The first image we see of Beyoncé, in her newly released video for her song “Formation,” is the pop star atop a New Orleans police car, partly submerged in flood water. At once invoking the tragedy of post-Katrina devastation and police brutality—both extensions of state violence against black lives—Beyoncé strategically positions her body, clad in a country-style red dress (a power of color, of life and bloodlines), at the crossroads between life and death.
This seeming paradox echoes throughout the video. As a modern-day black soul singer who already remixes hip-hop and R&B, Beyoncé serves up old-style conjure-woman magic by remixing local video footage from New Orleans with her own commercialized take on performing blackness, performing Southernness, performing black womanhood. Tellingly, the video not only remixes the voice of the dead—as heard in the opening audio, featuring the late Messy Mya inquiring, “What happened at New Orleans”—but the sounds of the storm (thunder rolls are audible), just before diverse images of black queer men reclaiming feminine/femme/queen moves through bounce music (along with an audio shoutout from Big Freedia, “queen” of bounce music) set the stage for the “queen” herself.
The next image we see of Beyoncé—right after highlighting a preacher man in a local church—features her decked out in sacred attire (thanks to a conversation with Southern scholar Kinitra Brooks, I was told that she was channeling the Vodou loa Maman Brigitte, guardian of the souls of the dead who loves to curse and drink rum with hot peppers). Here is no clearer example of the pop star’s insistence on blurring the boundaries and inhabiting the crossroads: between the living and the dead, between the feminine and the masculine, between the heteronormative and the queer, between the sacred and the profane.
It is no coincidence that her first line, “Y’all haters corny with that illuminati mess,” both doubles as a refutation of the conspiracy theory of her involvement with a secret Satanic society as well as an embrace of an African religion that has long been demonized by church folks. Beyoncé is here to reclaim all the aspects of black life that have been rendered as deviant, as waste, as toxic, as destructive. She will conjure it, remix it and remind us of the inherent value of black lives (and why they matter).
The black conjure woman herself has long been a figure demonized in American culture. But black culture has survived due to her resourcefulness in preserving the cultural memory from the African continent by remixing it with other cultures here in North America through food, healing rituals and practices and chanting—note how the song itself falls somewhere between Beyoncé singing and rapping. Her lyrics are deceptively simple, reduced to local Southern lingo and repetitive phrases. In reclaiming black life, Beyoncé returns to a simplicity of language, in which the simplest phrase—”Slay trick, or get eliminated”—is loaded with exponential meaning.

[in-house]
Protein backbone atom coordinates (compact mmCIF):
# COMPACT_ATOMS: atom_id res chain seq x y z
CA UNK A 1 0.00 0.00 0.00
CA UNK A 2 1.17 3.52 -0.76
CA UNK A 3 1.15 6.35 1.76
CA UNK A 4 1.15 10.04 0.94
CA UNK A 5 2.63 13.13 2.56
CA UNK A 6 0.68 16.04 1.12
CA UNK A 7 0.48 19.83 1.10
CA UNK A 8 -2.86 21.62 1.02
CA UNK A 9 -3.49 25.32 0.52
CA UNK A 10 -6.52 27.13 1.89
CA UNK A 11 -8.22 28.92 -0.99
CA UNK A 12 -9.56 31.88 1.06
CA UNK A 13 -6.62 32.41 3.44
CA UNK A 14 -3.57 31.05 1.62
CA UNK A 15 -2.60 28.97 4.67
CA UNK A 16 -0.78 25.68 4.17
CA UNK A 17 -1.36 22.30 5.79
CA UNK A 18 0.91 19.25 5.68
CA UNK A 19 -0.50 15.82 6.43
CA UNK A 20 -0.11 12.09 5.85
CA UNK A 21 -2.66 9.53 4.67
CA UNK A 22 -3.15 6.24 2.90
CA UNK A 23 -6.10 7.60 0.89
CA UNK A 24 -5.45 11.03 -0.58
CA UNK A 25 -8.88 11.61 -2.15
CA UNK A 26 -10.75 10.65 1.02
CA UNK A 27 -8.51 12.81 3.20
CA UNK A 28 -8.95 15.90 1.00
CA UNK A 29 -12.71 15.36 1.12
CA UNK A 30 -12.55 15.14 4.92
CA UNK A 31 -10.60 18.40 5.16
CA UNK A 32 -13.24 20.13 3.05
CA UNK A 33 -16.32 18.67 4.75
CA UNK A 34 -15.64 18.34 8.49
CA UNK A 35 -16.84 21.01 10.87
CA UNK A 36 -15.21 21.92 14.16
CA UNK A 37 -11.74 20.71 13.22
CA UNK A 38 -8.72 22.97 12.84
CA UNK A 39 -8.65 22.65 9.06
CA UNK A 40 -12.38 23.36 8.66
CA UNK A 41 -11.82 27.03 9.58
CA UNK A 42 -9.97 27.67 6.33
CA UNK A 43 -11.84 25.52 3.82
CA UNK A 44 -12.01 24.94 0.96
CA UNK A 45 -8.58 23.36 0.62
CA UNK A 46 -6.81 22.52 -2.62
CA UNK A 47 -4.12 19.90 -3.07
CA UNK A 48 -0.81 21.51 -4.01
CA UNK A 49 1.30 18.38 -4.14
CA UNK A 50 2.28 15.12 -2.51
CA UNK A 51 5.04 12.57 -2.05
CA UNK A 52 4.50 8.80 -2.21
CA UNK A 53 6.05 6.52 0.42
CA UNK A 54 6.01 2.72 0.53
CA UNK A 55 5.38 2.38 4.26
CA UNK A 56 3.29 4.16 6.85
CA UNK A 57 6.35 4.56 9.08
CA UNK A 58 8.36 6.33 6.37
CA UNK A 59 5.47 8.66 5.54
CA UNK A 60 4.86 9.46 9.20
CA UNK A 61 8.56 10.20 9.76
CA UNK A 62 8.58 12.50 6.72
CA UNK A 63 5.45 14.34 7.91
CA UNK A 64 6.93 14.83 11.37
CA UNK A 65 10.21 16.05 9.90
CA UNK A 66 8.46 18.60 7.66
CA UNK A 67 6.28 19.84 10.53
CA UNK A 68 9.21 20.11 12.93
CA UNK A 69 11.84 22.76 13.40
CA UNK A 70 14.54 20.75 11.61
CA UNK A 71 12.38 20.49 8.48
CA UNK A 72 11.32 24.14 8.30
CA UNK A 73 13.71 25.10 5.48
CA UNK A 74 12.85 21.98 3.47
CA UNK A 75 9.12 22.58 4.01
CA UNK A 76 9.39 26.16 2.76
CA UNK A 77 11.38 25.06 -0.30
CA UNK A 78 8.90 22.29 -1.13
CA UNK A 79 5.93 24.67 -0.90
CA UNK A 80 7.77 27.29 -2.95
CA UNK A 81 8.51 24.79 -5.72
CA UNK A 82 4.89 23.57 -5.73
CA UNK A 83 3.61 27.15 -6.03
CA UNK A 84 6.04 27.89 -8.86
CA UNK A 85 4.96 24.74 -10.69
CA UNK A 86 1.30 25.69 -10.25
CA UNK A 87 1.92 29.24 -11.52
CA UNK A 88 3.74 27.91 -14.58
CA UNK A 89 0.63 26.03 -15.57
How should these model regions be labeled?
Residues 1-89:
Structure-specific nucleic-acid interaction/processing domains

However, the video presents a catalog of visuals signifying Southern blackness, with echoes of the African Diaspora and the post-industrial world, as well as the historical. Empty swimming pools and parking lots suggest abandonment and an opportunity for rebuilding and resurrection. The pop star also gives her ancestral pedigree, “My daddy Alabama, Mama Louisiana/ You mix that negro with that Creole make a Texas bama,” against the backdrop of a parlor where portraits of an African king and queen hang from the walls.
Bedecked in Victorian dresses, the “parlor ladies” that Beyoncé and her group of women embody exist ambiguously between the respectability of “New Negro womanhood” from the era and the less reputable positioning of “Creole” courtesans and concubines that birthed the multiple colors of blackness. Their presence in the video suggests an ancestral backdrop to the more present-day twerking of the red-clad dancers in that same parlor, who already disrupt these respectability politics by donning shoulder pads, pearls that could be easily clutched and booty-hugging bodysuits that emphasize their raunchy sexiness. As the Crunk Feminist Collective would say, Beyoncé is here to embrace “disrespectability politics” in a bid to reclaim black female sexuality for us, by us.
Her battle cry to the “ladies”—”Let’s get in formation”—also doubles as both a call to perfect the dance and a call to militarize, to come together in collective defense of our selves, our families, our neighborhoods, and our communities. As Brittney Cooper observed while appearing on Melissa Harris-Perry this past weekend, Beyoncé engages in a “choreography of freedom.” When our very bodies were enslaved and continue to be criminalized, our mastery of the body and the styling of that body is how we reclaimed our sense of liberation.